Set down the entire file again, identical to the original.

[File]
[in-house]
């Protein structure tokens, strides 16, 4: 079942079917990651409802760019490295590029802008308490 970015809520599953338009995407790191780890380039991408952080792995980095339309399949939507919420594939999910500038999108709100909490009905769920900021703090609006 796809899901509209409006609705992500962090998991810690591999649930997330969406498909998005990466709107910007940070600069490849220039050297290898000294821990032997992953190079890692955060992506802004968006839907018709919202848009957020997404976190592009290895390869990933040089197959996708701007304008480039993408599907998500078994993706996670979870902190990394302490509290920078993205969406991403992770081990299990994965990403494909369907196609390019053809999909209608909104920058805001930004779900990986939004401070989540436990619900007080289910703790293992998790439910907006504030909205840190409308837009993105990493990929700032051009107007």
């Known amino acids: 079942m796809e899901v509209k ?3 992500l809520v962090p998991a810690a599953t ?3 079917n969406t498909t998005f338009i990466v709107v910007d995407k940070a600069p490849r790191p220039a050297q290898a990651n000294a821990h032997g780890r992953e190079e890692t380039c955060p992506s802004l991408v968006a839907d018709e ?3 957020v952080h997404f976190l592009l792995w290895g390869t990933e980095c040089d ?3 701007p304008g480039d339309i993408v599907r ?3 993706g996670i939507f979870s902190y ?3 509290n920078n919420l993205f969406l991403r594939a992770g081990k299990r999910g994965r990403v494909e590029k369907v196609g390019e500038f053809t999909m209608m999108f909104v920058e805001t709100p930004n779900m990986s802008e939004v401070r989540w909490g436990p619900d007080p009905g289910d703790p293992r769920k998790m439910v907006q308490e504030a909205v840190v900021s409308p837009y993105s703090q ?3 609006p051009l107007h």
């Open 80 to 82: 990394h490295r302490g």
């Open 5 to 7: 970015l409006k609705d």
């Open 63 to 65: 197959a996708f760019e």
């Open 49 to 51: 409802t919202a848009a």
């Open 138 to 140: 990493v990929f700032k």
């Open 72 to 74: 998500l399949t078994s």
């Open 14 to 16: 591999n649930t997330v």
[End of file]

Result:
[in-house]
């Protein structure tokens, strides 16, 4: 079942079917990651409802760019490295590029802008308490 970015809520599953338009995407790191780890380039991408952080792995980095339309399949939507919420594939999910500038999108709100909490009905769920900021703090609006 796809899901509209409006609705992500962090998991810690591999649930997330969406498909998005990466709107910007940070600069490849220039050297290898000294821990032997992953190079890692955060992506802004968006839907018709919202848009957020997404976190592009290895390869990933040089197959996708701007304008480039993408599907998500078994993706996670979870902190990394302490509290920078993205969406991403992770081990299990994965990403494909369907196609390019053809999909209608909104920058805001930004779900990986939004401070989540436990619900007080289910703790293992998790439910907006504030909205840190409308837009993105990493990929700032051009107007």
């Known amino acids: 079942m796809e899901v509209k ?3 992500l809520v962090p998991a810690a599953t ?3 079917n969406t498909t998005f338009i990466v709107v910007d995407k940070a600069p490849r790191p220039a050297q290898a990651n000294a821990h032997g780890r992953e190079e890692t380039c955060p992506s802004l991408v968006a839907d018709e ?3 957020v952080h997404f976190l592009l792995w290895g390869t990933e980095c040089d ?3 701007p304008g480039d339309i993408v599907r ?3 993706g996670i939507f979870s902190y ?3 509290n920078n919420l993205f969406l991403r594939a992770g081990k299990r999910g994965r990403v494909e590029k369907v196609g390019e500038f053809t999909m209608m999108f909104v920058e805001t709100p930004n779900m990986s802008e939004v401070r989540w909490g436990p619900d007080p009905g289910d703790p293992r769920k998790m439910v907006q308490e504030a909205v840190v900021s409308p837009y993105s703090q ?3 609006p051009l107007h």
């Open 80 to 82: 990394h490295r302490g």
């Open 5 to 7: 970015l409006k609705d």
């Open 63 to 65: 197959a996708f760019e």
């Open 49 to 51: 409802t919202a848009a």
């Open 138 to 140: 990493v990929f700032k």
């Open 72 to 74: 998500l399949t078994s």
């Open 14 to 16: 591999n649930t997330v």